French Islamist attack survivor says he can no longer bear the pressure

Renald Luzier, better known simply as Luz, announced his decision in an interview in Liberation, the newspaper that has housed Charlie Hebdo and helped it publish since an attack in which most of his cartoonist colleagues were killed

Muslim demonstrators hold placards during a protest against the publication of cartoons depicting the Prophet Mohammad in French satirical weekly Charlie Hebdo, near Downing Street in central London 

One of the few cartoonists to survive the Islamist militant attack on France’s Charlie Hebdo journal is leaving the publication, saying he can no longer bear the pressure.

Renald Luzier, better known simply as Luz, announced his decision in an interview in Liberation, the newspaper that has housed Charlie Hebdo and helped it publish since an attack in which most of his cartoonist colleagues were killed, Religious News Service (RNS) reports.

“The time came when it was just all too much to bear. There was next to nobody to draw the cartoons. I ended up doing three or every four front-pages. Every print-run was torture because the others are no longer there,” said Luz.

It was gathered that Luz drew the cover picture on the first post-attack edition of Charlie Hebdo – which sold some eight million copies across the world compared to a normal week’s sales of around 60,000 – but he had recently said he would no longer draw cartoons of the Prophet Muhammad because he was fed up with the matter.

For Muslims, any depiction of the Prophet is blasphemous; but Charlie Hebdo’s first post-attack edition carried on its cover a Luz cartoon of a tearful Muhammad holding a “Je suis Charlie” (“I am Charlie”) sign under the words “All is forgiven”.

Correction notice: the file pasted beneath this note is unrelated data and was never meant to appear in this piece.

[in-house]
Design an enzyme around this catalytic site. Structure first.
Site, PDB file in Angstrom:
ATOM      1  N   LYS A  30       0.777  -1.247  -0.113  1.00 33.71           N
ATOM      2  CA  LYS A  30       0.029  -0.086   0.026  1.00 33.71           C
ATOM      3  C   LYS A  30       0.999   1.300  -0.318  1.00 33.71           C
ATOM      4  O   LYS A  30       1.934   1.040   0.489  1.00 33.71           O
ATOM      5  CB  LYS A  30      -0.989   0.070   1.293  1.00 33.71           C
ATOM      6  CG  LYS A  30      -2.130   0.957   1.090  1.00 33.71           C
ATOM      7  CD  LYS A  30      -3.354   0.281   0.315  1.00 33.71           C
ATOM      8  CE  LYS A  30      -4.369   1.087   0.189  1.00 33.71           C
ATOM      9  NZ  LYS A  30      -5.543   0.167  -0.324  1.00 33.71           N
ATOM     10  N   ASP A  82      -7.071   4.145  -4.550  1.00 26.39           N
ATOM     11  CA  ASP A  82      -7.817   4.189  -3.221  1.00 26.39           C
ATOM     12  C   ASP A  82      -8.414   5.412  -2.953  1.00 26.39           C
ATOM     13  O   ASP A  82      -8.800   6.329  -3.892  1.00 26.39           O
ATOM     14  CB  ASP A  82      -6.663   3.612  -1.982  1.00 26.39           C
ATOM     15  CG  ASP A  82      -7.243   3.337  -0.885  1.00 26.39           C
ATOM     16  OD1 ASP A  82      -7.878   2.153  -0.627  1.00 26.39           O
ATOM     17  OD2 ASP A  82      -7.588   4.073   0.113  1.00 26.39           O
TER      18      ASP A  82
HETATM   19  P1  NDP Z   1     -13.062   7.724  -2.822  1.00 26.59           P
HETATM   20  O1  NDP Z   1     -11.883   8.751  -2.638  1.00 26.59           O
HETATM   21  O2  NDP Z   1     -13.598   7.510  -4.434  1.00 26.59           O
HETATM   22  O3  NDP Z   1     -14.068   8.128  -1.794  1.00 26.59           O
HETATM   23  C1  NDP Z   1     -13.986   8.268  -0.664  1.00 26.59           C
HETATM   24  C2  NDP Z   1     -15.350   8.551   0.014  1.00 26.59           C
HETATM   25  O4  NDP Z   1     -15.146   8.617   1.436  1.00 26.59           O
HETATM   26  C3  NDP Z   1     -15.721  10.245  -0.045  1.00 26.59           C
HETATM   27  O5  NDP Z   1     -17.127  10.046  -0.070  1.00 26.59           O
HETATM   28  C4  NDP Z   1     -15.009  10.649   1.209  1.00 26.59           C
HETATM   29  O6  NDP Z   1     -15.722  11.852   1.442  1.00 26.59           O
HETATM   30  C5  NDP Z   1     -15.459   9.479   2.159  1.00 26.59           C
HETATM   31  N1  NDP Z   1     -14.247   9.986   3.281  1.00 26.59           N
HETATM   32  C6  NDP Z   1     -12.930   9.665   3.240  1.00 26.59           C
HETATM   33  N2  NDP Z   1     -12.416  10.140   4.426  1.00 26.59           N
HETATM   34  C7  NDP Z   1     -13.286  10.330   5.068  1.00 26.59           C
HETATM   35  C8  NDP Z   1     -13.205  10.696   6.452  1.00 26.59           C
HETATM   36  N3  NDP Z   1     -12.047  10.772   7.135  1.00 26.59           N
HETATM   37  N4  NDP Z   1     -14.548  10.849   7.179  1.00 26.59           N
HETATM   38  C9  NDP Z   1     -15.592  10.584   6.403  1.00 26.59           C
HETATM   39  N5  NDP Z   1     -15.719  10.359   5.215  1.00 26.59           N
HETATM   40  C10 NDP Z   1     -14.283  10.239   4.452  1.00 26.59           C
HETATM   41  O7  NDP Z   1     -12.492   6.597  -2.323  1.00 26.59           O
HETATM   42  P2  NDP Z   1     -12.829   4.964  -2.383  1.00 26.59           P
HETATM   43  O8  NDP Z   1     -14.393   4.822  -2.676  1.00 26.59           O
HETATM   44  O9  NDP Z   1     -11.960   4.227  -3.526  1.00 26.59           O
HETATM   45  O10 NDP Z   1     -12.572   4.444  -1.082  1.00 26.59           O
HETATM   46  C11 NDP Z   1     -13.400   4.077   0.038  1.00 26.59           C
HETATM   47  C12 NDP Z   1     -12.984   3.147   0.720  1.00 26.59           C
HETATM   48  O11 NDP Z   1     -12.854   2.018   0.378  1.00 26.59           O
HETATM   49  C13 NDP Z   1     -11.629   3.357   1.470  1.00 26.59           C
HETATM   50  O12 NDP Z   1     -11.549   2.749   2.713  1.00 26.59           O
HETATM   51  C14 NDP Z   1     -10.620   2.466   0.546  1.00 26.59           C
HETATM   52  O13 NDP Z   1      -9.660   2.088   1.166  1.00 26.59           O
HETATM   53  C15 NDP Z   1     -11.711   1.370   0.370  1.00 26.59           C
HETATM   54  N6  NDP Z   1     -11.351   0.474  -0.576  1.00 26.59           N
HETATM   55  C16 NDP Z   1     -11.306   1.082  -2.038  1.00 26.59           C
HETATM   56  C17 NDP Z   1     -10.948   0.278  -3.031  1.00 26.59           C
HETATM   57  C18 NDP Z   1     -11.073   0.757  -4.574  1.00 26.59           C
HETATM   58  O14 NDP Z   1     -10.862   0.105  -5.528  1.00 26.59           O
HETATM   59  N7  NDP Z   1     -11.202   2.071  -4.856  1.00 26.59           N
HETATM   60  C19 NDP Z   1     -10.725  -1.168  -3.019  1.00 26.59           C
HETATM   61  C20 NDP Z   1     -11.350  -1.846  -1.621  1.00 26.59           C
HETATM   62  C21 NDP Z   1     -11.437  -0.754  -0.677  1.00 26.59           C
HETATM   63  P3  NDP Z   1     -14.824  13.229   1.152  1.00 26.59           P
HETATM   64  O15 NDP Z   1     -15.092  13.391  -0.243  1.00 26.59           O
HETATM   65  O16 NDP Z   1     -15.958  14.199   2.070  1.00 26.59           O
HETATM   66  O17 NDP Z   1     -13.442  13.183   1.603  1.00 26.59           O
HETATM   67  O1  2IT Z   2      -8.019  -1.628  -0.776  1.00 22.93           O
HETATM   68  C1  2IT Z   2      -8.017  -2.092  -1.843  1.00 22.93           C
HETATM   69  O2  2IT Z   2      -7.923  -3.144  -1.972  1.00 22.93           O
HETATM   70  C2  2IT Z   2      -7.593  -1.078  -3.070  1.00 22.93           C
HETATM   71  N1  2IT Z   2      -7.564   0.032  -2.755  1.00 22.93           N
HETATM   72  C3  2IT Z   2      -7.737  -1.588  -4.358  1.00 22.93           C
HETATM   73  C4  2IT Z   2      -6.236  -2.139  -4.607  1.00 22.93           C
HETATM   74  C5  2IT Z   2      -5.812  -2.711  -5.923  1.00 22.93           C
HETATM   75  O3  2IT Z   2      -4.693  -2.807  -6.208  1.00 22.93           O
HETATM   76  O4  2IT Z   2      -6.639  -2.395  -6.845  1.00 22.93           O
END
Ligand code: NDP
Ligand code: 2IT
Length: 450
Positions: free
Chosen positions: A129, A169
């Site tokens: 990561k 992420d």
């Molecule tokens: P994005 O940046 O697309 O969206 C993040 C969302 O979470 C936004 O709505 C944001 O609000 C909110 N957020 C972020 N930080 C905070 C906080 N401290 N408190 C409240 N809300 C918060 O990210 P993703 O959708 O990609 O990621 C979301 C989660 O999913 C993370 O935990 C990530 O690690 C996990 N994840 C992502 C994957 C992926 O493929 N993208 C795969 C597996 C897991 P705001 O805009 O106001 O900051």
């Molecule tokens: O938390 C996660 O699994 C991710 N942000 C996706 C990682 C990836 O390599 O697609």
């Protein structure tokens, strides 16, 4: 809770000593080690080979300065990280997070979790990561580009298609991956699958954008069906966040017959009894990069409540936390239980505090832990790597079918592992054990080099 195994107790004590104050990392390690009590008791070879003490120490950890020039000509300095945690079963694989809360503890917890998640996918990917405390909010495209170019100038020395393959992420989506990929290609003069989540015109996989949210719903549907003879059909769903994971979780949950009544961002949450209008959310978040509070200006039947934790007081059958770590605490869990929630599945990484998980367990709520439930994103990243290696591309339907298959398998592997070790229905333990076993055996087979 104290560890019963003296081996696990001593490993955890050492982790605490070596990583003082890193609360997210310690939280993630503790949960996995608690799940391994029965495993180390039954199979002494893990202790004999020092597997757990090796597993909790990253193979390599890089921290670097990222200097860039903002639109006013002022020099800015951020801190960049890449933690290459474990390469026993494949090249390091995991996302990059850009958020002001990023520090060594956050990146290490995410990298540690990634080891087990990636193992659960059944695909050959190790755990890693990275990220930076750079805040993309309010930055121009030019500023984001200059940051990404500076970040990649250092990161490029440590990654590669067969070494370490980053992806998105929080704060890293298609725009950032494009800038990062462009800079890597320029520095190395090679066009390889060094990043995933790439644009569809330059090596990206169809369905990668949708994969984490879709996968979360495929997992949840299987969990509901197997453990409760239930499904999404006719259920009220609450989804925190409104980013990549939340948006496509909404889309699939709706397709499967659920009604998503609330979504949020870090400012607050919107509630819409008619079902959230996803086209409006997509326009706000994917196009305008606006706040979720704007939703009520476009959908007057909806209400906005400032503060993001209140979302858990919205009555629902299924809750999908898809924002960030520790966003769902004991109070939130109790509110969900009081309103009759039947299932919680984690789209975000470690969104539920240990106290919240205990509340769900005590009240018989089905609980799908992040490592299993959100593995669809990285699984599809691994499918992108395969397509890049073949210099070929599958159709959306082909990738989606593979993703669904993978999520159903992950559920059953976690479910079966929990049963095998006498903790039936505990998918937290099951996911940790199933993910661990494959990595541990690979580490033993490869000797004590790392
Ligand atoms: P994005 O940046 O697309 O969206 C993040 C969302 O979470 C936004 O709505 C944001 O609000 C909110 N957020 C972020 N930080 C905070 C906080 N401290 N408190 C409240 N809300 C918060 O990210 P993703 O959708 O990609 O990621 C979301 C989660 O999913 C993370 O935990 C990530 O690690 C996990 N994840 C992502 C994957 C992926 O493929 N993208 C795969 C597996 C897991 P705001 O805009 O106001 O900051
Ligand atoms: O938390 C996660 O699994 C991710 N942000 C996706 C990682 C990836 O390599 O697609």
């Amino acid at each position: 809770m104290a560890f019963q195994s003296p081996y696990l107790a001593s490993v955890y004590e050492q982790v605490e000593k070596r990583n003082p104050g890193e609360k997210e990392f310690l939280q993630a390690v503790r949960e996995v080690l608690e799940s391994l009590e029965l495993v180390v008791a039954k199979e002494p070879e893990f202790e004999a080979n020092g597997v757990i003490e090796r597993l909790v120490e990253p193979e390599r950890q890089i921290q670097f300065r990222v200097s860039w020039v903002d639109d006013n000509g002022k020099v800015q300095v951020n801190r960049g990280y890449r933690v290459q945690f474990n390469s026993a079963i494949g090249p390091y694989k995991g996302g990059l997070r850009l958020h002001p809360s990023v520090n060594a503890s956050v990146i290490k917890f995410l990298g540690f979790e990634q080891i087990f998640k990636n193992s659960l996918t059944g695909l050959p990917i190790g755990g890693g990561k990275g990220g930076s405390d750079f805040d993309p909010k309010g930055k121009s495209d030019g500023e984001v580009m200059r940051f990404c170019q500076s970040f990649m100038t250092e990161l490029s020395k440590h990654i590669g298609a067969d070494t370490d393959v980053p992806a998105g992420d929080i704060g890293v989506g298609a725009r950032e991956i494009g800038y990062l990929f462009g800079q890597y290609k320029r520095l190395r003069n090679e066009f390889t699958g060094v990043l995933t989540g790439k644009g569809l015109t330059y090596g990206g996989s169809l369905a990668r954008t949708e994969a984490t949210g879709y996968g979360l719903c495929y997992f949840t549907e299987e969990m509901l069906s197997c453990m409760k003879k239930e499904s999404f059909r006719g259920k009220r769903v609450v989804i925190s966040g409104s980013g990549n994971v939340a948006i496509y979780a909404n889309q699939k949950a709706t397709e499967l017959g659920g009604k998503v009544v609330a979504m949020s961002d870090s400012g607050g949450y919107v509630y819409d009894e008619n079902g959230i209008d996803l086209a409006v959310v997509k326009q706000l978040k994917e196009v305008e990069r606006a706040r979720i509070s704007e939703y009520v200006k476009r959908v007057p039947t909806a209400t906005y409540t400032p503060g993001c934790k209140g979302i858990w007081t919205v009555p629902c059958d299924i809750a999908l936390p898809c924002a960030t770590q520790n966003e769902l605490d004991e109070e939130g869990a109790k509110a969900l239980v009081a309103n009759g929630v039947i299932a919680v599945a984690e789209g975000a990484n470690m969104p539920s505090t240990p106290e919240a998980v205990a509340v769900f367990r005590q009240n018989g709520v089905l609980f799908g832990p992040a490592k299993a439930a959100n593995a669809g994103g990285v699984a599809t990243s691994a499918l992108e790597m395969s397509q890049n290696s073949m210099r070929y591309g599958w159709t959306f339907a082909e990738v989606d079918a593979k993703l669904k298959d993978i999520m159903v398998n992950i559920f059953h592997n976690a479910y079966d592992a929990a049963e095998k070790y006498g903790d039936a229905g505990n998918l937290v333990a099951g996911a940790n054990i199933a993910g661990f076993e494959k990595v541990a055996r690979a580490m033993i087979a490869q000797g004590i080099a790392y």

Islamist militants saying they were avenging the Prophet killed 12 people in January when they attacked the Paris offices of the irreverent weekly known for lampooning Islam along with other religions and the political establishment. Among those killed were chief editor Stephane Charbonnier and household-name cartoonists such as Georges Wolinski and Jean Cabut.

Luz, who lives under police protection like the rest of the survivors and colleagues at other newspapers such as the Canard Enchaine, cited pressure of work and media scrutiny as the main reasons for quitting.

The ad-free publication overcame serious financial woes thanks to donations since the Jan.7 attack and the massive but temporary post-attack boost to sales for the journal that sells at 3 euros ($3.36) per copy.

Luz said his decision had nothing to do with the problems at the journal, including splits that only recently surfaced over its staff ownership structure and disciplinary proceedings against one of its journalists.

“I’m no longer interested in returning to normal life as a news cartoonist,” said Luz.

He spoke of the fear of no longer being inspired and being fed up with hero status that meant his every move triggered media headlines.

“We’re not heroes, we never were and we never wanted to be,” he said.

At no point, however, did he speak of fear of being targeted again by militants.

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